Other relevant articles include (in alphabetical order):

·       Esther Gramage and colleagues, Periadolescent amphetamine treatment causes transient cognitive disruptions and long-term changes in hippocampal LTP, Addiction Biology, volume 18, pp. 19 – 29, 2013.

·       Rochellys D. Heijtz, Bryan Kolb, and Hans Forssberg, Can a Therapeutic Dose of Amphetamine During Pre-adolescence Modify the Pattern of Synaptic Organization in the Brain? European Journal of Neuroscience, volume 18, pp. 3394–3399, 2003.

·       Yong Li and Julie Kauer, Repeated Exposure to Amphetamine Disrupts Dopaminergic Modulation of Excitatory Synaptic Plasticity and Neurotransmission in Nucleus Accumbens, Synapse, volume 51, pp. 1–10, 2004.

·       Manuel Mameli and Christian Lüscher, 2011: Synaptic plasticity and addiction: learning mechanisms gone awry, Neuropharmacology, 61:1052-1059. 2011.

·       Shao-Pii Onn and Anthony Grace, Amphetamine Withdrawal Alters Bistable States and Cellular Coupling in Rat Prefrontal Cortex and Nucleus Accumbens Neurons Recorded in Vivo, Journal of Neuroscience, volume 20, pp. 2332–2345, 2000.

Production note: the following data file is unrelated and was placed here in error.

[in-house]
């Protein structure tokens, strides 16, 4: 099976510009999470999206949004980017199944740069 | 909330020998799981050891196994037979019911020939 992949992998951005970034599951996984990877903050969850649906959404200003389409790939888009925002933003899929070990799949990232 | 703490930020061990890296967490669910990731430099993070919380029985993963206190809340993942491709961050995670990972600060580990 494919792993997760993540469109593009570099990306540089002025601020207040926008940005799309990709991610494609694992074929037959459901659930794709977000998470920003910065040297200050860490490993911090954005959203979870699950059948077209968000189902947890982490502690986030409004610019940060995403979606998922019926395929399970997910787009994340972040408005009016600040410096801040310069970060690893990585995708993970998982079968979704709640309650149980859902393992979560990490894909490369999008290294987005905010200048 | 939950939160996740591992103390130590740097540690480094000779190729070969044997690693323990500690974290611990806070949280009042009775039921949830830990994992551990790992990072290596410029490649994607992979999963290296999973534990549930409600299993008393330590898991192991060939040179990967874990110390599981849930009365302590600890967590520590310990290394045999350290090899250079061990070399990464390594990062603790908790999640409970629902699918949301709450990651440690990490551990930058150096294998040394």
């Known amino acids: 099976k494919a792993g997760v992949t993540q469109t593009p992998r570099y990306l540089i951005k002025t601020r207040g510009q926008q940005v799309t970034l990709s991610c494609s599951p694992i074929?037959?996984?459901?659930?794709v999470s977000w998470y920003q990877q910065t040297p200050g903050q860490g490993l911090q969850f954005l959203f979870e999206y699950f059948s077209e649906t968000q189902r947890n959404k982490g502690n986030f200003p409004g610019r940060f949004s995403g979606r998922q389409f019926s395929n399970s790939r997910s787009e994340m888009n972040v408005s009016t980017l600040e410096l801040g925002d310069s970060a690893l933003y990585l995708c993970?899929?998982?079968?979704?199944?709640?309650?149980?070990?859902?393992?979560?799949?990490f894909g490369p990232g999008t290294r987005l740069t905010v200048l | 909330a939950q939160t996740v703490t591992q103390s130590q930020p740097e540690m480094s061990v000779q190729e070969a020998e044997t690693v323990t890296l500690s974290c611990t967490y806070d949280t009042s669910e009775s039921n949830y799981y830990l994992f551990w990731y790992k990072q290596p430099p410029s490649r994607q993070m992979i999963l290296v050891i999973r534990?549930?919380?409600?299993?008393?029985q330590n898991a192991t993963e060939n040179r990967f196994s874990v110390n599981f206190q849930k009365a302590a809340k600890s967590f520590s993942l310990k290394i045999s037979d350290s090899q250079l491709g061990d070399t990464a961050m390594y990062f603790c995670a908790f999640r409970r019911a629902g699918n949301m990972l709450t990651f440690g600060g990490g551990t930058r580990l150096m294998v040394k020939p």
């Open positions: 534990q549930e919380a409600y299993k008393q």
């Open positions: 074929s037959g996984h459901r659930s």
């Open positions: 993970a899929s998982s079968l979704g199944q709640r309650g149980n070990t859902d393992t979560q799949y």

·       Margery Pardey and colleagues, Long-term effects of chronic oral Ritalin administration on cognitive and neural development in adolescent Wistar Kyoto Rats, Brain Sciences, volume 2, pp. 375 – 404, 2012.

·       Scott Russo and colleagues, The addicted synapse: mechanisms of synaptic and structural plasticity in the nucleus accumbens, Trends in Neuroscience, volume 33, pp. 267 – 276, 2010.

·       Louk J. Vanderschuren and colleagues, A Single Exposure to Amphetamine is Sufficient to Induce Long-term Behavioral, Neuroendocrine, and Neurochemical Sensitization in Rats, Journal of Neuroscience, volume 19, pp. 9579–9586, 1999.

For a thoughtful review of the underlying neurochemistry, the similarities between the prescription stimulant medications and cocaine, and an assessment of the long-term risks for people who take these medications, please see the review by Heinz Steiner and Vincent Van Waes, Addiction-related gene regulation: risks of exposure to cognitive enhancers vs. other psychostimulants, Progress in Neurobiology, volume 100, pp. 60 – 80, 2013.